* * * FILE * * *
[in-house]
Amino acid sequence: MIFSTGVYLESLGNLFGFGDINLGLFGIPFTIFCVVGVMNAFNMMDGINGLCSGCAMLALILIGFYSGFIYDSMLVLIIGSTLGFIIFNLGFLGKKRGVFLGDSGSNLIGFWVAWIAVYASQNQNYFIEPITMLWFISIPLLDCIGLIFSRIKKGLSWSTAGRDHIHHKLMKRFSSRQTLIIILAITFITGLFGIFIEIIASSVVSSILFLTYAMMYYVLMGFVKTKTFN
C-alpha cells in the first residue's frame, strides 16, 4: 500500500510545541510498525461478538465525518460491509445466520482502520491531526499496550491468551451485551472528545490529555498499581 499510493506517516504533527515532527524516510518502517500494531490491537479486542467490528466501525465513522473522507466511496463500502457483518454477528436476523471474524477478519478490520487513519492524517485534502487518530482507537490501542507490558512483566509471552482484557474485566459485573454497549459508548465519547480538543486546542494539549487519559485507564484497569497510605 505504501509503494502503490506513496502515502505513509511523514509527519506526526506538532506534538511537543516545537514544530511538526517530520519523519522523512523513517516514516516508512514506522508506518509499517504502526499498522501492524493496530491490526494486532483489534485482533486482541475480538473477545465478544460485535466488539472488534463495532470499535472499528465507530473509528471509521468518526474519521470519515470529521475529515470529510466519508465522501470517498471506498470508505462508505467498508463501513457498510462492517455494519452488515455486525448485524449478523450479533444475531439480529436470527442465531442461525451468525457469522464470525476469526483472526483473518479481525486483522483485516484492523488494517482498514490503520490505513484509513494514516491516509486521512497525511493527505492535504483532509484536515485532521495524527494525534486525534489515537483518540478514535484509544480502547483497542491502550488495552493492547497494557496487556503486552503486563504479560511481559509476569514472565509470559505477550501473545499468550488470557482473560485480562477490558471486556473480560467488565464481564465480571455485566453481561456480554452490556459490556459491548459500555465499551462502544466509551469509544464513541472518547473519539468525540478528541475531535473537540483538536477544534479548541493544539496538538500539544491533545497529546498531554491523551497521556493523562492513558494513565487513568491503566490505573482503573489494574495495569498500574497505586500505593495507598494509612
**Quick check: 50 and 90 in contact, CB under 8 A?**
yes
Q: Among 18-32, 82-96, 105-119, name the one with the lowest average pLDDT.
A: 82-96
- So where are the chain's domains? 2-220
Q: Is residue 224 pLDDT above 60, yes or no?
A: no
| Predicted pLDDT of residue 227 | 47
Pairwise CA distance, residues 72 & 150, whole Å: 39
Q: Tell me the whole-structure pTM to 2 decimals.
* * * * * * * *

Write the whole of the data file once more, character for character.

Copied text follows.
[in-house]
Amino acid sequence: MIFSTGVYLESLGNLFGFGDINLGLFGIPFTIFCVVGVMNAFNMMDGINGLCSGCAMLALILIGFYSGFIYDSMLVLIIGSTLGFIIFNLGFLGKKRGVFLGDSGSNLIGFWVAWIAVYASQNQNYFIEPITMLWFISIPLLDCIGLIFSRIKKGLSWSTAGRDHIHHKLMKRFSSRQTLIIILAITFITGLFGIFIEIIASSVVSSILFLTYAMMYYVLMGFVKTKTFN
C-alpha cells in the first residue's frame, strides 16, 4: 500500500510545541510498525461478538465525518460491509445466520482502520491531526499496550491468551451485551472528545490529555498499581 499510493506517516504533527515532527524516510518502517500494531490491537479486542467490528466501525465513522473522507466511496463500502457483518454477528436476523471474524477478519478490520487513519492524517485534502487518530482507537490501542507490558512483566509471552482484557474485566459485573454497549459508548465519547480538543486546542494539549487519559485507564484497569497510605 505504501509503494502503490506513496502515502505513509511523514509527519506526526506538532506534538511537543516545537514544530511538526517530520519523519522523512523513517516514516516508512514506522508506518509499517504502526499498522501492524493496530491490526494486532483489534485482533486482541475480538473477545465478544460485535466488539472488534463495532470499535472499528465507530473509528471509521468518526474519521470519515470529521475529515470529510466519508465522501470517498471506498470508505462508505467498508463501513457498510462492517455494519452488515455486525448485524449478523450479533444475531439480529436470527442465531442461525451468525457469522464470525476469526483472526483473518479481525486483522483485516484492523488494517482498514490503520490505513484509513494514516491516509486521512497525511493527505492535504483532509484536515485532521495524527494525534486525534489515537483518540478514535484509544480502547483497542491502550488495552493492547497494557496487556503486552503486563504479560511481559509476569514472565509470559505477550501473545499468550488470557482473560485480562477490558471486556473480560467488565464481564465480571455485566453481561456480554452490556459490556459491548459500555465499551462502544466509551469509544464513541472518547473519539468525540478528541475531535473537540483538536477544534479548541493544539496538538500539544491533545497529546498531554491523551497521556493523562492513558494513565487513568491503566490505573482503573489494574495495569498500574497505586500505593495507598494509612
**Quick check: 50 and 90 in contact, CB under 8 A?**
yes
Q: Among 18-32, 82-96, 105-119, name the one with the lowest average pLDDT.
A: 82-96
- So where are the chain's domains? 2-220
Q: Is residue 224 pLDDT above 60, yes or no?
A: no
| Predicted pLDDT of residue 227 | 47
Pairwise CA distance, residues 72 & 150, whole Å: 39
Q: Tell me the whole-structure pTM to 2 decimals.